Wine & Food

Snooth User: amour

Indian food and what wines??????

Posted by amour, Feb 19, 2017.

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Replies

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Reply by amour, Feb 19, 2017.

Many of us adore glorious Indian Dishes.

I love a Samosa that is made with a subtle touch of cumin, vegetables, petit pois, tasty diced potatoes, mustard seed and so on.....what will be a good wine to accompany such a great vegetable samosa and various Indian meat dishes?

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Reply by ApelsecS, Feb 19, 2017.

well, I have indian food somitimes, thanks to my Indian friends, but I'm abit confused about what wine fits it...

there are several issues with Indian food : first - usually you it with you fingers and a wine glass in same buttery hands looks not that aesthetically nice)) second - it's usually spicy food, that I would pretend kills wine flavour.

I beleive white wine should be the choice for most cases, like let's say Riesling with dosa or maybe Pinot Grigio with samosa...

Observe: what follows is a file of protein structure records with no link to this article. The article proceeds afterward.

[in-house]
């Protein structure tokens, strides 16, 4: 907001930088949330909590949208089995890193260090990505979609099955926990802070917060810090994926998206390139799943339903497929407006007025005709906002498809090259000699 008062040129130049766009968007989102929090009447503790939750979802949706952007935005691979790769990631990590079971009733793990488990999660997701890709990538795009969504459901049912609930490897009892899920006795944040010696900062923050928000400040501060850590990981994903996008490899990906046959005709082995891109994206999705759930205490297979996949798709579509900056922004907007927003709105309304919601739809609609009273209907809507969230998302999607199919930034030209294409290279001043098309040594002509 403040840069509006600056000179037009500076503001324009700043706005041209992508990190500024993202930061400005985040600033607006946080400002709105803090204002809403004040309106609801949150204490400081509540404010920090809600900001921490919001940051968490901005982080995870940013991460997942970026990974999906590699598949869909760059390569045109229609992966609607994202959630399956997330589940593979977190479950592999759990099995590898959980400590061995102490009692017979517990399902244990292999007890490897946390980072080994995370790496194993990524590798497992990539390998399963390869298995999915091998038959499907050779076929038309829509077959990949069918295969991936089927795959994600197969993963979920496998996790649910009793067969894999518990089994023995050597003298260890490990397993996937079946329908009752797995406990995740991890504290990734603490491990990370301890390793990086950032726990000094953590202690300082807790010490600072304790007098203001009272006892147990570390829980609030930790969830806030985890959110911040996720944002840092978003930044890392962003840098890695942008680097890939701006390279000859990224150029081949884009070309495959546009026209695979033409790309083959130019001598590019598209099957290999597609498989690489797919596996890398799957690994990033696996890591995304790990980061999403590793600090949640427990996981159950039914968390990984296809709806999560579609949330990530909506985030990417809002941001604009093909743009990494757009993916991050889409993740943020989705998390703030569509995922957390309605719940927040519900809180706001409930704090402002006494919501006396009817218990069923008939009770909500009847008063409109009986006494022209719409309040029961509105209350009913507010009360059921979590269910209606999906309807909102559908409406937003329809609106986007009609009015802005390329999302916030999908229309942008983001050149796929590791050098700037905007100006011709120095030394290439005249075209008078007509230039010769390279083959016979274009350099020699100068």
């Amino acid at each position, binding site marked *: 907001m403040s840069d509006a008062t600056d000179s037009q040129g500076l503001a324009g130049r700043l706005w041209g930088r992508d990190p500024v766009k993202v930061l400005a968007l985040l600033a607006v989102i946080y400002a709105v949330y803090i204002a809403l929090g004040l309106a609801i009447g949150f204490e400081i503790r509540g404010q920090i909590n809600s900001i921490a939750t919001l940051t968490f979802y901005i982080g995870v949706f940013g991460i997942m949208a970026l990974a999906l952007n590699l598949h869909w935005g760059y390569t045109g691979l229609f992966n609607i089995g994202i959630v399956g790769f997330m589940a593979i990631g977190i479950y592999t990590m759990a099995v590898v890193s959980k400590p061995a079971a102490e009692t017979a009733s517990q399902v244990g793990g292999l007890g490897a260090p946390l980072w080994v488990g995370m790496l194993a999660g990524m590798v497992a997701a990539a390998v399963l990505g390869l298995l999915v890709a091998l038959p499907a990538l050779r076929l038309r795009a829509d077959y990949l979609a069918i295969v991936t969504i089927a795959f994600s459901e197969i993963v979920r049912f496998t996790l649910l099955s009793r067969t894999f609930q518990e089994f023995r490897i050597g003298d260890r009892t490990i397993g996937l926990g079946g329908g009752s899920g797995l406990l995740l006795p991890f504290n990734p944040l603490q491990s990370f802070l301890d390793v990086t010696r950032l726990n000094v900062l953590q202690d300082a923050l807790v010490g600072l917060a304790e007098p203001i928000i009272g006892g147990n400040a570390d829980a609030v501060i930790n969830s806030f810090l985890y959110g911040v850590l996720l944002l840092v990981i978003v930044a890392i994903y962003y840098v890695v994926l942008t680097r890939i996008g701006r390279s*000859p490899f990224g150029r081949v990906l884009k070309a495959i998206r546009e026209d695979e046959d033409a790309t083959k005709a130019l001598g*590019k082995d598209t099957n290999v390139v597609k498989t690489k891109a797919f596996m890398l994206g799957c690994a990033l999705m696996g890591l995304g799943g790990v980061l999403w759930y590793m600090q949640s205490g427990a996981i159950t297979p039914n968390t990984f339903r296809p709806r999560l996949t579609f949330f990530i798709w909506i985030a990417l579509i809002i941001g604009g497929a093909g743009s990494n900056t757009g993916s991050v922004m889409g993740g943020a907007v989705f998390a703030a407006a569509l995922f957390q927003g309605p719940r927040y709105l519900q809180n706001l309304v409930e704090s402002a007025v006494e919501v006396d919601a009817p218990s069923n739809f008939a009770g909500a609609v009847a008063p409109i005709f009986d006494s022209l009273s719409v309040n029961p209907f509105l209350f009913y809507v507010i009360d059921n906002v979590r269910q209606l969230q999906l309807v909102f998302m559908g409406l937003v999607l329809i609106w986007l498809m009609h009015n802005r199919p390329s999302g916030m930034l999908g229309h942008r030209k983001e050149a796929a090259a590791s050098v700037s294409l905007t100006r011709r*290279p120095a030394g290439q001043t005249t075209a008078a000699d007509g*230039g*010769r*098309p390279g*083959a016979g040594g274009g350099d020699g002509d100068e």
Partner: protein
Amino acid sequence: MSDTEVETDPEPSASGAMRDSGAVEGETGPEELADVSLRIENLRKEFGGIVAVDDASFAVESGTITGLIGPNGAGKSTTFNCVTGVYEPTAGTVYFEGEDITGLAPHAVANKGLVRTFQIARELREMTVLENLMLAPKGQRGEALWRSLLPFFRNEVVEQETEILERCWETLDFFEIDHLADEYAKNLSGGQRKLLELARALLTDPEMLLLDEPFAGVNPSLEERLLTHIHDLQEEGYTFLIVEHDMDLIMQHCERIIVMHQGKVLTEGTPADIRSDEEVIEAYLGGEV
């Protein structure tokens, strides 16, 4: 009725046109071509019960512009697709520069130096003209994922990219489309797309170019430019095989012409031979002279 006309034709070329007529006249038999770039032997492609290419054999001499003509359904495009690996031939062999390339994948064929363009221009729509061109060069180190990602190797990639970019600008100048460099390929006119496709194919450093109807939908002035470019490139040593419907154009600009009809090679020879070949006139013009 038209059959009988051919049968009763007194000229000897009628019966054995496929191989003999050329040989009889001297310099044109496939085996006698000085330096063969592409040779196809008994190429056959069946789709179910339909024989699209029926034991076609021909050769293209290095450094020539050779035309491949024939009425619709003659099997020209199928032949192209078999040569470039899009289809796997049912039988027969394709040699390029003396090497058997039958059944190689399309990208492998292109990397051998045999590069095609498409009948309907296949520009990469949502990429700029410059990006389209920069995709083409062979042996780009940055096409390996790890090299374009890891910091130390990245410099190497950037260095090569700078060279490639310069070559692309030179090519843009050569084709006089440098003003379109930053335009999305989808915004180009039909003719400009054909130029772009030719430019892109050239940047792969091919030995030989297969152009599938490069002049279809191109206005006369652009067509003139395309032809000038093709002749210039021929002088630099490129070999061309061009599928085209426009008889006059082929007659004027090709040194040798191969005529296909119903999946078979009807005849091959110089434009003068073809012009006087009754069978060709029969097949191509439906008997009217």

don't have ideas for west-indian meats.... should be some italian reds to compensate wide aroma of spices)) maybe even Australian, cause you will miss most of the aroma and it's cheaper.

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Reply by amour, Feb 19, 2017.

I did not think PINOT GRIGIO with the Samosa....good idea, APELSECS!

 

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Reply by duncan 906, Feb 19, 2017.

I have had  sweet or off-dry chenin blanc from the Loire valley with spicy Indian foods. It is a combination that works well

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Reply by amour, Feb 19, 2017.

I guess ALSACE STYLE PINOT GRIGIO will be ideal!

 

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Reply by amour, Feb 19, 2017.

Hello dear DUNCAN 9 0 6!

GOOD CHOICE!

GEWURZTRAMINER ALSO GOES WELL WITH SPICY FOODS.

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Reply by Stephen Harvey, Feb 19, 2017.

I think a very good Clare Valley Riesling

Needs to young to allow the acid to balance the Chilli